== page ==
In America's debate about guns, there is one, undeniable truth -- some people are irrationally violent. And firearms are our weapon of choice. According to, in 2017, over 10,000 were shot to death in the U.S. People armed with handguns killed more than 7,000 of those. Compare that to nearly 1,600 who died in stabbings.

My take is, to kill someone with a knife, you have to get close. Razor close. Guns can help make murder impersonal, rapid and very efficient, especially automatic weapons.

There is no doubt that a madman or woman can murder with the even the most primitive objects. Over 460 died from blunt force trauma inflicted with clubs and hammers. Our best bet to stop the mayhem is changing the hearts and minds of those who could step through that hair-splitting space that separates humanity from insanity.

Only love can do that.

Saturday, November 10, 2018

Reliving the trauma

I failed to write a blog last weekend for a good reason. Actually 90 reasons. Our family gathered in Detroit to celebrate my mother's 90th birthday.

After a joyful celebration with 16 of her 17 great-grandkids dancing around the rented hall, we joined our matriarch for a service at her church. At the end of Mass, the priest paused to acknowledge Irene Stepien's milestone. Stepping forward toward her seat in the middle of the front pew, he asked, "How does it feel to be 90? I'm sure you've seen so much over all those years."

"Yes!" she replied. "I lived through the war and German occupation in Poland."

"You lived through the war and occupation," the clergyman repeated her words so the rest of the congregation could hear them. Then he prayed a  beautiful blessing.

Of all the things Mom chose to share in that brief moment, she recalled World War II and the Nazis taking control of her country. I grew up listening to her stories about the terror of soldiers invading her family home. She ran through the family farm fields as bullets whizzed past her head. Mom was only ten when war broke out. Once, she even escaped from the Gestapo. My late father had similar memories. Like the German soldier who shoved the barrel of a submachine gun under Dad's chin. Another guy pushed his Luger into the back of Dad's head to encourage him to work for the invading forces.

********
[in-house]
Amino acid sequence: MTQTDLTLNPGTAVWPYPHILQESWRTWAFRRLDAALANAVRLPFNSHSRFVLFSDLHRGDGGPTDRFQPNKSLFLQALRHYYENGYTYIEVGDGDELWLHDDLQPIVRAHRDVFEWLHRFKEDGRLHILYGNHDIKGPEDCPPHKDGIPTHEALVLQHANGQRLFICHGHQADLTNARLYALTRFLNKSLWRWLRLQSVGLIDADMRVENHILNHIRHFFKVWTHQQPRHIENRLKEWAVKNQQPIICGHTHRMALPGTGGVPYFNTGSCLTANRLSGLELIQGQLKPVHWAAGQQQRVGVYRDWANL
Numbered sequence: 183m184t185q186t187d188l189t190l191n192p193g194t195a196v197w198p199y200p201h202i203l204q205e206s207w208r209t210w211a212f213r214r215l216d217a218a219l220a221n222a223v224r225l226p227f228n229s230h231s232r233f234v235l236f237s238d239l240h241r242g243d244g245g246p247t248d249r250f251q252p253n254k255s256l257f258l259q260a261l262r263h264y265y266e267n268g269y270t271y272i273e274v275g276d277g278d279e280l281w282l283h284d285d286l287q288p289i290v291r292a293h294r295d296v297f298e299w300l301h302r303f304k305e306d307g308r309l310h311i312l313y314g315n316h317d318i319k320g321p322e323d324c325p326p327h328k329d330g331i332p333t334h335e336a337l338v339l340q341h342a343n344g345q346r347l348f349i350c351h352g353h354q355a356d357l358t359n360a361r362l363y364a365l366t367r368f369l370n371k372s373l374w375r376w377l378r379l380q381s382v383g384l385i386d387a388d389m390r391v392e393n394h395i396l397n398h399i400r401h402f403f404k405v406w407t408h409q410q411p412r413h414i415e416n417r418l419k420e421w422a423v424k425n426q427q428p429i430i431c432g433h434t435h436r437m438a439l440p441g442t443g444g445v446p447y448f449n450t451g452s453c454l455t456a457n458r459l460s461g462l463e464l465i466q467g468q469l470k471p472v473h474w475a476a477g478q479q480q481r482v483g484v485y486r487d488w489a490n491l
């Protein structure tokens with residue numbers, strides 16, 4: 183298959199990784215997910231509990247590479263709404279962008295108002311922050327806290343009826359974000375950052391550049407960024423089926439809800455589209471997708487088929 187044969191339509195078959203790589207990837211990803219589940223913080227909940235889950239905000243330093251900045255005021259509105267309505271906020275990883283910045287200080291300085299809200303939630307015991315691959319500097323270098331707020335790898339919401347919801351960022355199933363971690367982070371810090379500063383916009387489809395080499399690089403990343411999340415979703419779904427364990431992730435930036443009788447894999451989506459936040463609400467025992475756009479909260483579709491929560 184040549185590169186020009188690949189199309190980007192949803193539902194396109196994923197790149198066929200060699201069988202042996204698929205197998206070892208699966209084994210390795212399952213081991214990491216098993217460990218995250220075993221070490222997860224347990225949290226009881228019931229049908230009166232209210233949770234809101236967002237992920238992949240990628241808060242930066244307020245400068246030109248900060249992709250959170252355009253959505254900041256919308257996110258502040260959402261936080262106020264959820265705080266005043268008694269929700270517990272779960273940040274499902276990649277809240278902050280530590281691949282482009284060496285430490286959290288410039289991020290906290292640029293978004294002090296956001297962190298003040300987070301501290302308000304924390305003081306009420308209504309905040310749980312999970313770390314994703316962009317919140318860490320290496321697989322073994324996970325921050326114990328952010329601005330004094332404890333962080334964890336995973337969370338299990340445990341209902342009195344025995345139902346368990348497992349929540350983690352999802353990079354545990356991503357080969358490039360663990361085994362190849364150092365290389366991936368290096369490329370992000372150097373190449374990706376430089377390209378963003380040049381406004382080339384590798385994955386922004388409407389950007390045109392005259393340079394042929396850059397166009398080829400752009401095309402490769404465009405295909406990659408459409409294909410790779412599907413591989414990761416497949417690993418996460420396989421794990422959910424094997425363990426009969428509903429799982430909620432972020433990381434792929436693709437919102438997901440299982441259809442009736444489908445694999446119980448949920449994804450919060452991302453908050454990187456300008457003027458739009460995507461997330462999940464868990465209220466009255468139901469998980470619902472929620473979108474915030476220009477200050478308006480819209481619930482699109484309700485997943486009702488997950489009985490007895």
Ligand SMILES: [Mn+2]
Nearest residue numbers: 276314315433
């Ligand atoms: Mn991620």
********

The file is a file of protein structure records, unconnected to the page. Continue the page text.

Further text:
It's hard to forget the trauma of wanton violence. For survivors of the Holocaust, the memories are searing. You have to wonder about American kids who grow up enduring drive-by gunfire, street crime and the murder of neighbors and even friends. How do they cope with a war that never ends? It changes their perception of safety and rewires their brains and bodies with fear.

Imagine you escape a massacre in your school. One where a madman uses a military-style weapon to slaughter your classmates. How could you forget?

"Now you gotta take a test in a bulletproof vest. Scared to death that you might get shot," croons country singer, Kane Brown, in his new song, "American Bad Dream."

But it's not a dream. It's a real-world nightmare. And for many, an unshakeable memory they'll relive as long as they number their days. Even if the survive nearly a century.  Happy birthday, Mom.